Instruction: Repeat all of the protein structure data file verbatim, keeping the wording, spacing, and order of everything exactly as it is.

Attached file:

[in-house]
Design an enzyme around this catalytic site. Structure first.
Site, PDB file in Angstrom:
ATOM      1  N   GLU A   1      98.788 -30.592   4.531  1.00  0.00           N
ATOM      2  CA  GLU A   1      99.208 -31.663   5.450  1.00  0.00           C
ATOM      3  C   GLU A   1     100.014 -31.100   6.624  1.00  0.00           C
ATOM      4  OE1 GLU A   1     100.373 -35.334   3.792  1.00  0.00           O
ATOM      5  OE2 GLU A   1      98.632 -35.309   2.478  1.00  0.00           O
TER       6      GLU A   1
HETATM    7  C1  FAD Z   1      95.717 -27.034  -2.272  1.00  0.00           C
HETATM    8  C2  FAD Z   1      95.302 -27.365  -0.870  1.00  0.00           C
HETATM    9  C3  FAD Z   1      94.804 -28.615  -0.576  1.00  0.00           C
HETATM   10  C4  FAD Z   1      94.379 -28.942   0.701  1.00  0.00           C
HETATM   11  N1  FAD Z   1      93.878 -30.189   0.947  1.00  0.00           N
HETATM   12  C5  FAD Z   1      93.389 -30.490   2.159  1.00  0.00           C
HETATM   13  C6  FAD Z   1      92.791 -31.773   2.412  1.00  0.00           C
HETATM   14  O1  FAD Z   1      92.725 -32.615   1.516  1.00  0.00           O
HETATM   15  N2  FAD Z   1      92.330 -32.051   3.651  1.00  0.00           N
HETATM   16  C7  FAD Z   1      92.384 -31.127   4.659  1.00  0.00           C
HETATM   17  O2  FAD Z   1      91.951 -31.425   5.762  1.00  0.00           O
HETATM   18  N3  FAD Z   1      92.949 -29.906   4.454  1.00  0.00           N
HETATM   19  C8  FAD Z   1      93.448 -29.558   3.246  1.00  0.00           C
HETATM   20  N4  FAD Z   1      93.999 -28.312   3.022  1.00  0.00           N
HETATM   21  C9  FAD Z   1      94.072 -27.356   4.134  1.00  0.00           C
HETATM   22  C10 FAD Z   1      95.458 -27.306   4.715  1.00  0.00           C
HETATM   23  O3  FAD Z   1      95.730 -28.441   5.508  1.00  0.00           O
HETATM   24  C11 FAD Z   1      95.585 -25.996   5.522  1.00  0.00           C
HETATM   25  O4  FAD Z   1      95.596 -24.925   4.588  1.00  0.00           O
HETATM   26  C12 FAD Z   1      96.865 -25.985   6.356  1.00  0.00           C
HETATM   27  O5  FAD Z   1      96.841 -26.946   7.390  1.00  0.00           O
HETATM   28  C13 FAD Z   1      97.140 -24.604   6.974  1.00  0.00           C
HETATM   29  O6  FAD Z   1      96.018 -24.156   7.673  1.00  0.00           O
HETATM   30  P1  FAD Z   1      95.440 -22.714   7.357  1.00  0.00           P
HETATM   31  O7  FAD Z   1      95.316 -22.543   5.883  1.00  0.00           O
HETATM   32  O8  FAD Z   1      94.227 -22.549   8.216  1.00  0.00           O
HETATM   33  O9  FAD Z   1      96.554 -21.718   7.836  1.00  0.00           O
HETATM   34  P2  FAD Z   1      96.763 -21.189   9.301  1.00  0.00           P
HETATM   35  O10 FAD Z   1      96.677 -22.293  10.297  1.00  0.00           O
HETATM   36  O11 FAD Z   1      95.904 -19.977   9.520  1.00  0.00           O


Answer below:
[in-house]
Design an enzyme around this catalytic site. Structure first.
Site, PDB file in Angstrom:
ATOM      1  N   GLU A   1      98.788 -30.592   4.531  1.00  0.00           N
ATOM      2  CA  GLU A   1      99.208 -31.663   5.450  1.00  0.00           C
ATOM      3  C   GLU A   1     100.014 -31.100   6.624  1.00  0.00           C
ATOM      4  OE1 GLU A   1     100.373 -35.334   3.792  1.00  0.00           O
ATOM      5  OE2 GLU A   1      98.632 -35.309   2.478  1.00  0.00           O
TER       6      GLU A   1
HETATM    7  C1  FAD Z   1      95.717 -27.034  -2.272  1.00  0.00           C
HETATM    8  C2  FAD Z   1      95.302 -27.365  -0.870  1.00  0.00           C
HETATM    9  C3  FAD Z   1      94.804 -28.615  -0.576  1.00  0.00           C
HETATM   10  C4  FAD Z   1      94.379 -28.942   0.701  1.00  0.00           C
HETATM   11  N1  FAD Z   1      93.878 -30.189   0.947  1.00  0.00           N
HETATM   12  C5  FAD Z   1      93.389 -30.490   2.159  1.00  0.00           C
HETATM   13  C6  FAD Z   1      92.791 -31.773   2.412  1.00  0.00           C
HETATM   14  O1  FAD Z   1      92.725 -32.615   1.516  1.00  0.00           O
HETATM   15  N2  FAD Z   1      92.330 -32.051   3.651  1.00  0.00           N
HETATM   16  C7  FAD Z   1      92.384 -31.127   4.659  1.00  0.00           C
HETATM   17  O2  FAD Z   1      91.951 -31.425   5.762  1.00  0.00           O
HETATM   18  N3  FAD Z   1      92.949 -29.906   4.454  1.00  0.00           N
HETATM   19  C8  FAD Z   1      93.448 -29.558   3.246  1.00  0.00           C
HETATM   20  N4  FAD Z   1      93.999 -28.312   3.022  1.00  0.00           N
HETATM   21  C9  FAD Z   1      94.072 -27.356   4.134  1.00  0.00           C
HETATM   22  C10 FAD Z   1      95.458 -27.306   4.715  1.00  0.00           C
HETATM   23  O3  FAD Z   1      95.730 -28.441   5.508  1.00  0.00           O
HETATM   24  C11 FAD Z   1      95.585 -25.996   5.522  1.00  0.00           C
HETATM   25  O4  FAD Z   1      95.596 -24.925   4.588  1.00  0.00           O
HETATM   26  C12 FAD Z   1      96.865 -25.985   6.356  1.00  0.00           C
HETATM   27  O5  FAD Z   1      96.841 -26.946   7.390  1.00  0.00           O
HETATM   28  C13 FAD Z   1      97.140 -24.604   6.974  1.00  0.00           C
HETATM   29  O6  FAD Z   1      96.018 -24.156   7.673  1.00  0.00           O
HETATM   30  P1  FAD Z   1      95.440 -22.714   7.357  1.00  0.00           P
HETATM   31  O7  FAD Z   1      95.316 -22.543   5.883  1.00  0.00           O
HETATM   32  O8  FAD Z   1      94.227 -22.549   8.216  1.00  0.00           O
HETATM   33  O9  FAD Z   1      96.554 -21.718   7.836  1.00  0.00           O
HETATM   34  P2  FAD Z   1      96.763 -21.189   9.301  1.00  0.00           P
HETATM   35  O10 FAD Z   1      96.677 -22.293  10.297  1.00  0.00           O
HETATM   36  O11 FAD Z   1      95.904 -19.977   9.520  1.00  0.00           O